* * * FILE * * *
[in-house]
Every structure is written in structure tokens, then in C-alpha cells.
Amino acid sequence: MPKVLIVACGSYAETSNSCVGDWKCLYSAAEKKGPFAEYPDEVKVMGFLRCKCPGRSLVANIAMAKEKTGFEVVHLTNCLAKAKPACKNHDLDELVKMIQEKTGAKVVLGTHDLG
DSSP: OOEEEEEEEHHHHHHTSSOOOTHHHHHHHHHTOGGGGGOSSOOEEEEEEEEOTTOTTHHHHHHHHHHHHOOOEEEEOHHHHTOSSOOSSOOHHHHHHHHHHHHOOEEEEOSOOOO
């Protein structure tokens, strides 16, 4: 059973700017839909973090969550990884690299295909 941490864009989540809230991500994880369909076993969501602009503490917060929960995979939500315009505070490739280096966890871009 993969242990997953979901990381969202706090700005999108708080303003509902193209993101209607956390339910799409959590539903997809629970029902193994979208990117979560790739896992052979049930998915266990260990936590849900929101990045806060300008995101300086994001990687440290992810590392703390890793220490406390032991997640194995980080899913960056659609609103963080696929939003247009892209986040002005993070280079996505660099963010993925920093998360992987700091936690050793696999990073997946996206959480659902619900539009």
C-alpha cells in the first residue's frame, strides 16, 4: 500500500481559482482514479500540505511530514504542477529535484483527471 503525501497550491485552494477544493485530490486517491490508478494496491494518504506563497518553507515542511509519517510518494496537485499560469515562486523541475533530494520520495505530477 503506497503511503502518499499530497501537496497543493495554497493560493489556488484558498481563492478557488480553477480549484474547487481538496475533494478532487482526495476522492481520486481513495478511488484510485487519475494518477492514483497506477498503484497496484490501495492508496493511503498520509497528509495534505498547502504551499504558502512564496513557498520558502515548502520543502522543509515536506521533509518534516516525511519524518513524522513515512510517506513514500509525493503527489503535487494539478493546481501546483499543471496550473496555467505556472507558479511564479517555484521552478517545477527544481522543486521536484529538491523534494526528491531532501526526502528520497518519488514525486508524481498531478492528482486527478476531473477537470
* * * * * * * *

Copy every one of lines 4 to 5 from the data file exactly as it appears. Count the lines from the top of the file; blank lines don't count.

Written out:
DSSP: OOEEEEEEEHHHHHHTSSOOOTHHHHHHHHHTOGGGGGOSSOOEEEEEEEEOTTOTTHHHHHHHHHHHHOOOEEEEOHHHHTOSSOOSSOOHHHHHHHHHHHHOOEEEEOSOOOO
């Protein structure tokens, strides 16, 4: 059973700017839909973090969550990884690299295909 941490864009989540809230991500994880369909076993969501602009503490917060929960995979939500315009505070490739280096966890871009 993969242990997953979901990381969202706090700005999108708080303003509902193209993101209607956390339910799409959590539903997809629970029902193994979208990117979560790739896992052979049930998915266990260990936590849900929101990045806060300008995101300086994001990687440290992810590392703390890793220490406390032991997640194995980080899913960056659609609103963080696929939003247009892209986040002005993070280079996505660099963010993925920093998360992987700091936690050793696999990073997946996206959480659902619900539009």